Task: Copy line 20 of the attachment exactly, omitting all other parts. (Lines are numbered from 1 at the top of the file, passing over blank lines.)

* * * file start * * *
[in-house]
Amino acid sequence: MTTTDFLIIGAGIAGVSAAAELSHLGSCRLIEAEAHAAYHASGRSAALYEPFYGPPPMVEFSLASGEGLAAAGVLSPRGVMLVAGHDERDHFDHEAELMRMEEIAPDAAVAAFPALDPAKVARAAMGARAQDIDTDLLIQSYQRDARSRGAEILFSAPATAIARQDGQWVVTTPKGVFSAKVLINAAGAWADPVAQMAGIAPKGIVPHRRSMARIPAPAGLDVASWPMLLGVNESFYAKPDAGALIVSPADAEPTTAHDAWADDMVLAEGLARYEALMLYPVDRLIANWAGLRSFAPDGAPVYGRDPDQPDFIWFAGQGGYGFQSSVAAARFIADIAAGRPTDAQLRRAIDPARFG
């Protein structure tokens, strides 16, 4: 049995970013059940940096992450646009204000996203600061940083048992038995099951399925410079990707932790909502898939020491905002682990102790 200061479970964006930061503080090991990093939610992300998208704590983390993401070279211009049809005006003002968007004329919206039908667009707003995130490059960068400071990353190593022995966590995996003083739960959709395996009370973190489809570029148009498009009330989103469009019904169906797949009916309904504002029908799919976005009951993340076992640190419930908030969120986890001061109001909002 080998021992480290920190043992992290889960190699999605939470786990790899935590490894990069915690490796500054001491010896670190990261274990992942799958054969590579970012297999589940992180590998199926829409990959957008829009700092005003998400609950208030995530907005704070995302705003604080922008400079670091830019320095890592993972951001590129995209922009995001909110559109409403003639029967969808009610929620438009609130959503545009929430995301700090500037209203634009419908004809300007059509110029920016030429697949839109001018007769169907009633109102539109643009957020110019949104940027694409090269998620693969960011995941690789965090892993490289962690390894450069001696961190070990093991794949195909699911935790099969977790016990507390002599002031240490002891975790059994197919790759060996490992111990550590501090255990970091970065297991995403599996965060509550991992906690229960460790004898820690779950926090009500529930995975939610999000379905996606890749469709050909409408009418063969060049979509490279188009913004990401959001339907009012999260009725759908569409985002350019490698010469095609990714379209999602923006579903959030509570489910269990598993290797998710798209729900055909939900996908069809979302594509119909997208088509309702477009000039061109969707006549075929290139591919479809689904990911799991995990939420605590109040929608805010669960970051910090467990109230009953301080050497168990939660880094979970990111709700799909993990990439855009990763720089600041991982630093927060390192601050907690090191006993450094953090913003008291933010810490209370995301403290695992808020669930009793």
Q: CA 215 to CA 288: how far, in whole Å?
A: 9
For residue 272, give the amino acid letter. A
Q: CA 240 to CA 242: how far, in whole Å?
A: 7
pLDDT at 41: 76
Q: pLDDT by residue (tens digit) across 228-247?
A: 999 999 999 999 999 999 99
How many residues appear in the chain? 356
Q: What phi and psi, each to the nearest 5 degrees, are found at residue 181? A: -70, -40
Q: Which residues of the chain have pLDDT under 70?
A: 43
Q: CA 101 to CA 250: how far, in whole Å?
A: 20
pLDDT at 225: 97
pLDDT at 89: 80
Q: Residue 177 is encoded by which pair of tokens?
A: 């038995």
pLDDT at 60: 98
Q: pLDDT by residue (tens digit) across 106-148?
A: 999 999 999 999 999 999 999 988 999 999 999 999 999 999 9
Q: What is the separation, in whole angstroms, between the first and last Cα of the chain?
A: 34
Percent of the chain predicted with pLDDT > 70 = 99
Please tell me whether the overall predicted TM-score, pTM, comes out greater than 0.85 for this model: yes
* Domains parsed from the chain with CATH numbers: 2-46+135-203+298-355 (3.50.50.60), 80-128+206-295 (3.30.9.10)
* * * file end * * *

Q: Residue 177 is encoded by which pair of tokens?